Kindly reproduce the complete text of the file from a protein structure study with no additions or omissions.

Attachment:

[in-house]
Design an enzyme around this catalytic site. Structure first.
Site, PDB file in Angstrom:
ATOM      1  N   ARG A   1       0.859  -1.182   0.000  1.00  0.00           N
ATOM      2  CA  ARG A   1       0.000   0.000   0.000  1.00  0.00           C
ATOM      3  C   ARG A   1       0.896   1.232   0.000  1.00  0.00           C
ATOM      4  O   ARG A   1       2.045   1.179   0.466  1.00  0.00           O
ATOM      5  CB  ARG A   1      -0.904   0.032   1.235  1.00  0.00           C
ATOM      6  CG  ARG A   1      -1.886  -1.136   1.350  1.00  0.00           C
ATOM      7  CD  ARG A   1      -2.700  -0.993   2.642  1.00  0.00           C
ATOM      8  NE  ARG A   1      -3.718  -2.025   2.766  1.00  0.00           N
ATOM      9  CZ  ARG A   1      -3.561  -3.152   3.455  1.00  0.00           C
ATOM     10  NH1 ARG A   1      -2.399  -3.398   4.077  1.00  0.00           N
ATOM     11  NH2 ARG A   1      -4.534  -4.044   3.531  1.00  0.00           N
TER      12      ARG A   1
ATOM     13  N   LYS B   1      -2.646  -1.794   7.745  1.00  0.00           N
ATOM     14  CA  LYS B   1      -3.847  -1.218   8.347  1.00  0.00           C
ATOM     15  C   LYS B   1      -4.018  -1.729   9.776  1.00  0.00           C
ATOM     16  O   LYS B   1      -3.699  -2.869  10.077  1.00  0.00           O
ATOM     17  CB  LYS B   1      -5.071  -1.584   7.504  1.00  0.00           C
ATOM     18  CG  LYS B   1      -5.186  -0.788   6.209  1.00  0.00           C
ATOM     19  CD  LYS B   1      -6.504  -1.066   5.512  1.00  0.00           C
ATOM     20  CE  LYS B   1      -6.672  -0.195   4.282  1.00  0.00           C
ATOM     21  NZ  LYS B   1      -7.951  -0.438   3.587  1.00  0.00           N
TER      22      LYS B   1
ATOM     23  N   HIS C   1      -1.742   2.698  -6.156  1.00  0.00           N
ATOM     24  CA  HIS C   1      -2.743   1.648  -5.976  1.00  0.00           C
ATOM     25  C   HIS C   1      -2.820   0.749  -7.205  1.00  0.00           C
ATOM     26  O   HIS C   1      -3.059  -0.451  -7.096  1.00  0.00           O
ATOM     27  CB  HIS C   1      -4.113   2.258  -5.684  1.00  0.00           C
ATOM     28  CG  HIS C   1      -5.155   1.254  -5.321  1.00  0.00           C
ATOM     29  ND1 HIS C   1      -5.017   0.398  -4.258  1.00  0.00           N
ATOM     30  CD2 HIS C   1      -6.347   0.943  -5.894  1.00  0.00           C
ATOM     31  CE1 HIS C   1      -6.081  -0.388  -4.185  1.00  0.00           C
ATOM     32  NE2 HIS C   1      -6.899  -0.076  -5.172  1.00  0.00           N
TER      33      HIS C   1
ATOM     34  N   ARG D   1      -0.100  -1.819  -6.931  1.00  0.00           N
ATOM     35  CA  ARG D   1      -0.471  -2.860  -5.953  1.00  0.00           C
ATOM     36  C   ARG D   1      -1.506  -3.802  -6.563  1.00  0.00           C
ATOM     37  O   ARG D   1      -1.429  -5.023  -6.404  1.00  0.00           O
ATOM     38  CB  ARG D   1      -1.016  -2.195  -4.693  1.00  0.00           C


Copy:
[in-house]
Design an enzyme around this catalytic site. Structure first.
Site, PDB file in Angstrom:
ATOM      1  N   ARG A   1       0.859  -1.182   0.000  1.00  0.00           N
ATOM      2  CA  ARG A   1       0.000   0.000   0.000  1.00  0.00           C
ATOM      3  C   ARG A   1       0.896   1.232   0.000  1.00  0.00           C
ATOM      4  O   ARG A   1       2.045   1.179   0.466  1.00  0.00           O
ATOM      5  CB  ARG A   1      -0.904   0.032   1.235  1.00  0.00           C
ATOM      6  CG  ARG A   1      -1.886  -1.136   1.350  1.00  0.00           C
ATOM      7  CD  ARG A   1      -2.700  -0.993   2.642  1.00  0.00           C
ATOM      8  NE  ARG A   1      -3.718  -2.025   2.766  1.00  0.00           N
ATOM      9  CZ  ARG A   1      -3.561  -3.152   3.455  1.00  0.00           C
ATOM     10  NH1 ARG A   1      -2.399  -3.398   4.077  1.00  0.00           N
ATOM     11  NH2 ARG A   1      -4.534  -4.044   3.531  1.00  0.00           N
TER      12      ARG A   1
ATOM     13  N   LYS B   1      -2.646  -1.794   7.745  1.00  0.00           N
ATOM     14  CA  LYS B   1      -3.847  -1.218   8.347  1.00  0.00           C
ATOM     15  C   LYS B   1      -4.018  -1.729   9.776  1.00  0.00           C
ATOM     16  O   LYS B   1      -3.699  -2.869  10.077  1.00  0.00           O
ATOM     17  CB  LYS B   1      -5.071  -1.584   7.504  1.00  0.00           C
ATOM     18  CG  LYS B   1      -5.186  -0.788   6.209  1.00  0.00           C
ATOM     19  CD  LYS B   1      -6.504  -1.066   5.512  1.00  0.00           C
ATOM     20  CE  LYS B   1      -6.672  -0.195   4.282  1.00  0.00           C
ATOM     21  NZ  LYS B   1      -7.951  -0.438   3.587  1.00  0.00           N
TER      22      LYS B   1
ATOM     23  N   HIS C   1      -1.742   2.698  -6.156  1.00  0.00           N
ATOM     24  CA  HIS C   1      -2.743   1.648  -5.976  1.00  0.00           C
ATOM     25  C   HIS C   1      -2.820   0.749  -7.205  1.00  0.00           C
ATOM     26  O   HIS C   1      -3.059  -0.451  -7.096  1.00  0.00           O
ATOM     27  CB  HIS C   1      -4.113   2.258  -5.684  1.00  0.00           C
ATOM     28  CG  HIS C   1      -5.155   1.254  -5.321  1.00  0.00           C
ATOM     29  ND1 HIS C   1      -5.017   0.398  -4.258  1.00  0.00           N
ATOM     30  CD2 HIS C   1      -6.347   0.943  -5.894  1.00  0.00           C
ATOM     31  CE1 HIS C   1      -6.081  -0.388  -4.185  1.00  0.00           C
ATOM     32  NE2 HIS C   1      -6.899  -0.076  -5.172  1.00  0.00           N
TER      33      HIS C   1
ATOM     34  N   ARG D   1      -0.100  -1.819  -6.931  1.00  0.00           N
ATOM     35  CA  ARG D   1      -0.471  -2.860  -5.953  1.00  0.00           C
ATOM     36  C   ARG D   1      -1.506  -3.802  -6.563  1.00  0.00           C
ATOM     37  O   ARG D   1      -1.429  -5.023  -6.404  1.00  0.00           O
ATOM     38  CB  ARG D   1      -1.016  -2.195  -4.693  1.00  0.00           C